American Colony of Civil War Confederates In Brazil – Part 1

I Don’t Know Why This Most Interesting Aspect of Our Civil War History is So Little Known
by U.R. Wright

An American Brazilian is a Brazilian person of full, partial or predominant North American ancestry, or a US–born person immigrant in Brazil.

The Confederados are a cultural sub-group in the nation of Brazil. They are the descendants of people who fled from the Confederate States of America to Brazil with their families after the American Civil War.

At the end of the American Civil War in the 1860s, a migration of Confederates to Brazil began, with the total number of immigrants estimated in the thousands. They settled primarily in Southern and Southeastern Brazil: in Americana, Campinas, São Paulo, Santa Bárbara d'Oeste, Juquiá, New Texas, Xiririca, Rio de Janeiro and Rio Doce. But in Santarém, Pará – in the north on the Amazon River – and the states of Bahia and Pernambuco received a significant number of American immigrants.

At the end of the American Civil War, the Emperor Dom Pedro II of Brazil was interested in having cotton crops due to the high prices and through Freemasonry contacts, recruited experienced cotton farmers for his nation. Dom Pedro offered the potential immigrants subsidies and tax breaks. General Robert E. Lee advised Southerners not to flee to South America but many ignored his advice and set out to establish a new life away from the destruction of war.

Many Southerners who took the Emperor's offer had lost their land during the war, were unwilling to live under a conquering army, or simply did not expect an improvement in the South's economic position. In addition, Brazil would not outlaw slavery until 1888. Although a number of historians say that the existence of slavery was an appeal, Alcides Gussi, an independent researcher of State University of Campinas, found that only four families owned a total of 66 slaves from 1868 to 1875. The Confederates were the first organized Protestant group to settle in Brazil.

The American Immigration to Brazil was started within the year of 1865, in small ships and sailboats hurriedly reshaped. They were exhausted men, women and children, many were very injured, others were sick and depressed, but they were determined to give a new start to their lives in faraway Brazil.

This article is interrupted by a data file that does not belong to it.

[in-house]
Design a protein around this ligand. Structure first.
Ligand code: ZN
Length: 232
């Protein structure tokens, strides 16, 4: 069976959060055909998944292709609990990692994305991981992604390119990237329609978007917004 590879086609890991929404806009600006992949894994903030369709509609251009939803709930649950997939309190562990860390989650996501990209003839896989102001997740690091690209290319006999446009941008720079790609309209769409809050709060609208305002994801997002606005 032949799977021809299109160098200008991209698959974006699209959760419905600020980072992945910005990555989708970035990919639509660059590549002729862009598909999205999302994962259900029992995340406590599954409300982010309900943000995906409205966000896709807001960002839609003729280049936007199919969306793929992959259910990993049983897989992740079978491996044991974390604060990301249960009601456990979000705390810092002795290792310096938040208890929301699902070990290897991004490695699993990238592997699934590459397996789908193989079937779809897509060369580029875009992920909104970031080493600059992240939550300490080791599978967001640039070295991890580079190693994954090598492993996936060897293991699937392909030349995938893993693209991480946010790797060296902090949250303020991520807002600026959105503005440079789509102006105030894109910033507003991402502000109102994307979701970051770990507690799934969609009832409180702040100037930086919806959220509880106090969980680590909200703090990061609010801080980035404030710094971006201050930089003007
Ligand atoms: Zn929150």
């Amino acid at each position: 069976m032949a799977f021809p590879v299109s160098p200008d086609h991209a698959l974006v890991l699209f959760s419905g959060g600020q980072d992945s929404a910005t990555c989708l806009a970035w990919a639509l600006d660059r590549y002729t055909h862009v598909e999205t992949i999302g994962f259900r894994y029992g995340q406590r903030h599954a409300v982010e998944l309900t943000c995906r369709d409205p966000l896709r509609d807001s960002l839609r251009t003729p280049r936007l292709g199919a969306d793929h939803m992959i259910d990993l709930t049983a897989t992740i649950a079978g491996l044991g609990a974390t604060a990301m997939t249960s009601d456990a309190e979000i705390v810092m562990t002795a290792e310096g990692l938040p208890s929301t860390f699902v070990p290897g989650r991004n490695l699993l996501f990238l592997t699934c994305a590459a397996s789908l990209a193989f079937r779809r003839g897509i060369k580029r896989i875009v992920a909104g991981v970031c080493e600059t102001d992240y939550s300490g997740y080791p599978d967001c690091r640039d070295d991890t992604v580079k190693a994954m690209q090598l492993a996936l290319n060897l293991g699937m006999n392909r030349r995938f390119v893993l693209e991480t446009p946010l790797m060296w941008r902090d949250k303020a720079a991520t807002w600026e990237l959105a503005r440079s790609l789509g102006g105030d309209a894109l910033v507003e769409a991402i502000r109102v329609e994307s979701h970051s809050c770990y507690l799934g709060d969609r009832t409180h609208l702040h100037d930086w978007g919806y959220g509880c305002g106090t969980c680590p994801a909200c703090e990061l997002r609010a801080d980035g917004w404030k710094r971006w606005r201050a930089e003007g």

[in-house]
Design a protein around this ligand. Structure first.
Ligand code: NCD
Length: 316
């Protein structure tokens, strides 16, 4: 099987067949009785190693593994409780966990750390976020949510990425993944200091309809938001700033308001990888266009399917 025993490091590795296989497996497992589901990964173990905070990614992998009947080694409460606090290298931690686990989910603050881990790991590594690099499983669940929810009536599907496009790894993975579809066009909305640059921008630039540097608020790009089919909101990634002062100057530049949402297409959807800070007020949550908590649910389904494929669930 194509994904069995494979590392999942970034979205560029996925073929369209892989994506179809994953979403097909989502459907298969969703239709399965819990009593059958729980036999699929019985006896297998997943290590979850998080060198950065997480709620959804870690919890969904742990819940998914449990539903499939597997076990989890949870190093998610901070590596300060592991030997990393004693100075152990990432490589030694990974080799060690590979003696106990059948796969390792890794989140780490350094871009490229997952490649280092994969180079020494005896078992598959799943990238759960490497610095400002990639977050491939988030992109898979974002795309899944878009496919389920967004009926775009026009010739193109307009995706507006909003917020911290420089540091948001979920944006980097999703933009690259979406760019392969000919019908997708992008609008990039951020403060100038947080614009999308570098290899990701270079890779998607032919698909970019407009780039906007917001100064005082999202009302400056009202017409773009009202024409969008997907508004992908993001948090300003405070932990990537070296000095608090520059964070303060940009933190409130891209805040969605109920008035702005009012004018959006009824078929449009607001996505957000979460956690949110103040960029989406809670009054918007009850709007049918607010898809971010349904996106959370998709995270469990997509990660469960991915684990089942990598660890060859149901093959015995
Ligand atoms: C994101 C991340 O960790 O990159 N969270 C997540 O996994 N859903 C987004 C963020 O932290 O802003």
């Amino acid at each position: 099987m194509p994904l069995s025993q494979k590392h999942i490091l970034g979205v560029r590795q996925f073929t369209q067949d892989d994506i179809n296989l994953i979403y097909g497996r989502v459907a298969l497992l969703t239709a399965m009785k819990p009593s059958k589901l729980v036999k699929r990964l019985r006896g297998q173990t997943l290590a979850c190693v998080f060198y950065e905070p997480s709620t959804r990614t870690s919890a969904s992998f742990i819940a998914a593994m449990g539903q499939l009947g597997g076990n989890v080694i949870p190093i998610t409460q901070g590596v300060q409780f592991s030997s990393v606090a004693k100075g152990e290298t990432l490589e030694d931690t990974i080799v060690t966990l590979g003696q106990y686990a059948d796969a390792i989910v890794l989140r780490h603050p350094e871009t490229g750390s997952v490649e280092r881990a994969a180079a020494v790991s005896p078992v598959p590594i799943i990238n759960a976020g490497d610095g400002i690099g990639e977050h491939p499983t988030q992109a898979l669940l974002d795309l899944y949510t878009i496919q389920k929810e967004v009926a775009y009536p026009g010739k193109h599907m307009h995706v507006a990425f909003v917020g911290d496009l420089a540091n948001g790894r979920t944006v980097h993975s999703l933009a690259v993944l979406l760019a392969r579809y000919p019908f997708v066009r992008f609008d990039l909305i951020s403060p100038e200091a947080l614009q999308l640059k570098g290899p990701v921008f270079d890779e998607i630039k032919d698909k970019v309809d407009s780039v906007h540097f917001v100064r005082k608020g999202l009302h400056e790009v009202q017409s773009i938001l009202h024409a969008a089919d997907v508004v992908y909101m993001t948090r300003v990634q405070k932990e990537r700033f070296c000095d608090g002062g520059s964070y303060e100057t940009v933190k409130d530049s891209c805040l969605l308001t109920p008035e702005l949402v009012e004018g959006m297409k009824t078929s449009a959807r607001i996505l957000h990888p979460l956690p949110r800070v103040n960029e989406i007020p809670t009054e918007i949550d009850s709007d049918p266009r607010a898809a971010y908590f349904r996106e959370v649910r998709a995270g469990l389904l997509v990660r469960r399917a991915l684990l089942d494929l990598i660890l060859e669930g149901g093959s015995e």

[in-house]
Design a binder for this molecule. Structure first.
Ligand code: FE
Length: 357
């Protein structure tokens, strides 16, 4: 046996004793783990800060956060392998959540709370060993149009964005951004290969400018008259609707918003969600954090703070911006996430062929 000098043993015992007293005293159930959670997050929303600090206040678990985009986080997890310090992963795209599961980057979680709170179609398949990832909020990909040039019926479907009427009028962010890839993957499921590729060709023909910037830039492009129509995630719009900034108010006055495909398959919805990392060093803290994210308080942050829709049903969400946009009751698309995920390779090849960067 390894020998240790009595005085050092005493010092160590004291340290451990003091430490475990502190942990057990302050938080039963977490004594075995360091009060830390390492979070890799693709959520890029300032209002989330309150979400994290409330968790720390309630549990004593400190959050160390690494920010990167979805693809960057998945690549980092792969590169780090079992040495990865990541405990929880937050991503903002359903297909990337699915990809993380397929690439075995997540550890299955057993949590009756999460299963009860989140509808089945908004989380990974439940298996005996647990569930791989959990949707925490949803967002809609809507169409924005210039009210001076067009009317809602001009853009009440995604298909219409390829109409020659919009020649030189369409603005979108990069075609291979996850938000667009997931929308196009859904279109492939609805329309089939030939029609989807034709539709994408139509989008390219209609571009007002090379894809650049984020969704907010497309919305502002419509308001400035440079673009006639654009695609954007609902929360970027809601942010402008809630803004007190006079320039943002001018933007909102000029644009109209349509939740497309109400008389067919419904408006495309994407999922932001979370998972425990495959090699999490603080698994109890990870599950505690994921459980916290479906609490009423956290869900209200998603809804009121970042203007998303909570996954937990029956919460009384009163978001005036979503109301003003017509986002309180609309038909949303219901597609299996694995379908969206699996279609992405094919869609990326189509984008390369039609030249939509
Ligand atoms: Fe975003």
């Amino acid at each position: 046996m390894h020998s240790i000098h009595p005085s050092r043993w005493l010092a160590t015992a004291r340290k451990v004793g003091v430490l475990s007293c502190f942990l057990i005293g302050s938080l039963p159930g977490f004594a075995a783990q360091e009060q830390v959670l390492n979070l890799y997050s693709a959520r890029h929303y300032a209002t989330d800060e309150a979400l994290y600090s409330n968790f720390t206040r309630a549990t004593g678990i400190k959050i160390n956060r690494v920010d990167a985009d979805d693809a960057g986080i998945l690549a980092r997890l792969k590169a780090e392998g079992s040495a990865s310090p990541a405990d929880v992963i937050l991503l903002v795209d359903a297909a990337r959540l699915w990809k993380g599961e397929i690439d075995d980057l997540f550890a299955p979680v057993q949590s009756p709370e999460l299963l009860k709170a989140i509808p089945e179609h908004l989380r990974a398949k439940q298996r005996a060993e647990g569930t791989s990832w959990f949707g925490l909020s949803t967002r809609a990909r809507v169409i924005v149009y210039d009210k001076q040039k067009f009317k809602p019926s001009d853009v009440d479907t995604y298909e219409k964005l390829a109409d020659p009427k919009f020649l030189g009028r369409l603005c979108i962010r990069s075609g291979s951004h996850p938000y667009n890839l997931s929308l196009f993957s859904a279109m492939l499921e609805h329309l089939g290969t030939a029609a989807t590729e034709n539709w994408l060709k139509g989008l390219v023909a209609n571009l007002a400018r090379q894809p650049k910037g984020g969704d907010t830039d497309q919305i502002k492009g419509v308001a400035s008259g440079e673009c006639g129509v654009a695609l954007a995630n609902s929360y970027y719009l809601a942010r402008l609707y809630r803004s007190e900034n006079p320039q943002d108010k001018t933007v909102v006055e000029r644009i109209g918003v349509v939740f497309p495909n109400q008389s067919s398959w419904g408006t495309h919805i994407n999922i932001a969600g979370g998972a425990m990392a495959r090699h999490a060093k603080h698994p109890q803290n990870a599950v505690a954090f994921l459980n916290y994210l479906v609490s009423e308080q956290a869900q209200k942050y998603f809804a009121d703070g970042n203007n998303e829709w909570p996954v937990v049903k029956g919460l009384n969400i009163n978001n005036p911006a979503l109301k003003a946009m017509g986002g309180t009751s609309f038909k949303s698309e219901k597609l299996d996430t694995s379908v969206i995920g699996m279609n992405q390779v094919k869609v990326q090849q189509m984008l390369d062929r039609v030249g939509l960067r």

Between 1865 and 1885, almost ten thousand White Americans coming mainly from Alabama, Texas, Louisiana, South Carolina, Mississippi, Ohio, Virginia, Florida, Georgia, North Carolina, Arkansas, Kentucky and Tennessee ran ashore in the ports of Belém, Vitória, Rio de Janeiro and Santos. Once they arrived, they had to redouble their so weakened energies and confront other faraway and tough trips around the land until they could reach the region of Campinas, whose climate and lands are similar to those of the Southern United States.

It is unknown just how many immigrants went to Brazil as refugees from the war, but unpublished research in the records of the port of Rio de Janeiro by Betty Antunes de Oliveira counts some 20,000 Americans that entered Brazil from 1865 to 1885. Of those, an unknown number returned to the United States as conditions improved there. Many immigrants renounced their U.S. citizenship and adopted Brazilian citizenship.

The first original Confederados known to arrive was the senator William H. Norris of Alabama—the colony at Santa Bárbara d'Oeste is sometimes called the Norris Colony. Dom Pedro's program was judged a success for both the immigrants and the Brazilian government. The settlers brought with them modern agricultural techniques and new crops such as watermelon, and pecans that soon spread among the native Brazilian farmers. Some foods of the American South also crossed over and became part of general Brazilian culture such as chess pie (a very sweet desert found in the south.  The recipe calls for the preparation of a single crust with a filling of eggs, butter, granulated sugar, brown sugar, vanilla, and corn meal.  The corn meal is what makes this pie unique from other custard pies), vinegar pie (A dessert designed by thrifty women for times of year when there was no fruit in season, back when everyone had to cook seasonally by necessity.  By using vinegar as a flavor base they could make a custardy pie that was sweet and tangy), and southern fried chicken.